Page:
Washington: The World Bank Group and a broad coalition of partners, including the State Bank of India, have made commitments that will help promote financial inclusion and achieve universal financial access by the year 2020. Galvanizing private-sector investment and innovation to accelerate universal financial access, including through enabling policy and regulatory frameworks, was the focus of a flagship event at the World Bank headquarters here Friday. It brought together private-sector leaders, government regulators and the UN Secretary-General Ban Ki-moon.
The 2020 goal calls for adults worldwide to have access to a transaction account or an electronic instrument to store money, send and receive payments, recognizing financial access as a basic building block to managing an individual’s financial life. Access to a transaction account is a first step toward broader financial inclusion, which helps poor families escape poverty and afford essential social services such as water, electricity, housing, education and health care.
For small firms and medium-sized enterprises access to financing can help them reduce risks, grow and expand operations. “More than 700 million people gained financial access between 2011 and 2014, and this gives us fresh evidence that our ambitious goal of universal access by 2020 is attainable,” said World Bank Group President Jim Yong Kim.
“The World Bank Group’s role is to convene and energize a coalition of partners-and also to step up our work. Over the next five years, our institution commits to enabling as many as 1 billion adults, who are now financially excluded, to gain access to a transaction account.”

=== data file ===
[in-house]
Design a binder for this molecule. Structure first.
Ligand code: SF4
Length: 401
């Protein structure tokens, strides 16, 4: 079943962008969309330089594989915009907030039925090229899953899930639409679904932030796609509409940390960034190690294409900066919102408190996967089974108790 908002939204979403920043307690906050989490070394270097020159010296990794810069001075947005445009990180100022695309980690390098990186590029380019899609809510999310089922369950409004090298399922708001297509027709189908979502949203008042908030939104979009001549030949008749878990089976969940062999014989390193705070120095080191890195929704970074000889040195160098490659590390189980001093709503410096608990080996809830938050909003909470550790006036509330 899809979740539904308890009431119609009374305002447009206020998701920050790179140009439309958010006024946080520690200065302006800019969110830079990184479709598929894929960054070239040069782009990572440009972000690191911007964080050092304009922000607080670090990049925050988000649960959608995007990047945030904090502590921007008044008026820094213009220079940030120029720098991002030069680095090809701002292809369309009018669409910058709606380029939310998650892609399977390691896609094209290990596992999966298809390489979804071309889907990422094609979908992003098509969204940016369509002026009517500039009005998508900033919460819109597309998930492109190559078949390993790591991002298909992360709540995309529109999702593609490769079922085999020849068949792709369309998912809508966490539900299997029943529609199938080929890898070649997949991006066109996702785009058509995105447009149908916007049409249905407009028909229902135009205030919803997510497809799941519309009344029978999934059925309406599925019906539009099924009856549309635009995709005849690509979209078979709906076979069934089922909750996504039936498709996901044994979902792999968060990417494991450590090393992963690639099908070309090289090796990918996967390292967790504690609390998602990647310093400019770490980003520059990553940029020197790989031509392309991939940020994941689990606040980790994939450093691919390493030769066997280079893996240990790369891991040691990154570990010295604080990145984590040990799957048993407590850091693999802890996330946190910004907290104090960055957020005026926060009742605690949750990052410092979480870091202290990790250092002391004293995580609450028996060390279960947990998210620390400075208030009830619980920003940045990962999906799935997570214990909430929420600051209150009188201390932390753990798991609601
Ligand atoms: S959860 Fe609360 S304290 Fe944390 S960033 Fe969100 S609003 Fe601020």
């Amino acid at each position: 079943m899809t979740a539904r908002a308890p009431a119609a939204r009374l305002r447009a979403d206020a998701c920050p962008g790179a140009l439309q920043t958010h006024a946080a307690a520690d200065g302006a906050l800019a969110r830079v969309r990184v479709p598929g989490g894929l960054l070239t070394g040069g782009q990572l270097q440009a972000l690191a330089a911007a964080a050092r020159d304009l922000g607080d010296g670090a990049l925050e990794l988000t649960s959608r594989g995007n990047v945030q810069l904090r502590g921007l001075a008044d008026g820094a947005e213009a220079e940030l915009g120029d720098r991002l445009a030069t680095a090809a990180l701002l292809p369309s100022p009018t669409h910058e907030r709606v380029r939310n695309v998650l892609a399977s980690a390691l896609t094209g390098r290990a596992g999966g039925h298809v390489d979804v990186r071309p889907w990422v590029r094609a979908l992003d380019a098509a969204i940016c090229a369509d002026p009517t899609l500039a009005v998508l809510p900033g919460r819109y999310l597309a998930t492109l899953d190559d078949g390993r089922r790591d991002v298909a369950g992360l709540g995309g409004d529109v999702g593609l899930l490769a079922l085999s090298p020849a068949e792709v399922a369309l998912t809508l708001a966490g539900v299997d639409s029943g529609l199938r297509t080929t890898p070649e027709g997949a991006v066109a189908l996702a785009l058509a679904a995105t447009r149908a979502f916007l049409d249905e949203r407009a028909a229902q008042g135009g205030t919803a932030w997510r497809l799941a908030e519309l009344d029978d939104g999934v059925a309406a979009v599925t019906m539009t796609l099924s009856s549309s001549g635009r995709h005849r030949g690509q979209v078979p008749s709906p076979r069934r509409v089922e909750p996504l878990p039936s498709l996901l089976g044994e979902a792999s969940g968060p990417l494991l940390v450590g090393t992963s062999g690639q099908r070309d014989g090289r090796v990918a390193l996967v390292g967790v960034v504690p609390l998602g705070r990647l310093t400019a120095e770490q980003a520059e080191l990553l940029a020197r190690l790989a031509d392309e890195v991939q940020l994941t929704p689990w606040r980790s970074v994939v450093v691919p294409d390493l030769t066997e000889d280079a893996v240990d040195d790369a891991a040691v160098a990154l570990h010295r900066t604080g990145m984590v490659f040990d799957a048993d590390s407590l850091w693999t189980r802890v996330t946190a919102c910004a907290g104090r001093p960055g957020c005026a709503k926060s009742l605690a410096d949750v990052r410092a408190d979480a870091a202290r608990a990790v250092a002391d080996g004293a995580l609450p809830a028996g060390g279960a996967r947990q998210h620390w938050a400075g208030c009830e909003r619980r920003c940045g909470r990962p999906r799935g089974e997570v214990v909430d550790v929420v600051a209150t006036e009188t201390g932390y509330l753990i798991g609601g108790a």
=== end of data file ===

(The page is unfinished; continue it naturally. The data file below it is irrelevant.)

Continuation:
Private-sector leaders from around the world came forward with a committed set of actions to reach a specific number of people by year 2020. “Since inception, the State Bank of India has played a major role in expanding financial inclusion agenda in the country,” said Arundhati Bhattacharya, chairman of the State Bank of India, a panellist at the event.
“During the first three years of its Financial Inclusion Plan (2010-13), SBI covered 20531 villages and opened 20.2 million new accounts,” she said. “As part of the second Financial Inclusion Plan (2013-16) we reached to 85130 villages and opened 70 million accounts.” “We see a huge opportunity in our 70 million customers. All these customers can be sold pension and insurance products. Based on transaction history, they can be credit linked and become part of the global financial system,” Bhattacharya said.
Announcing MasterCard’s commitment to the World Bank Group’s efforts toward universal financial access, its Indian American CEO & President Ajay Banga said: “Our target is to reach 500 million people currently considered to be excluded from the financial mainstream.”
“In making this commitment, we recognise that reaching full financial inclusion by 2020 requires the active engagement and commitment of the private sector, working in partnership with governments and international development organizations.”
“Together, we can be agents of transformative change who create more inclusive economies and more empowered populations,” he said.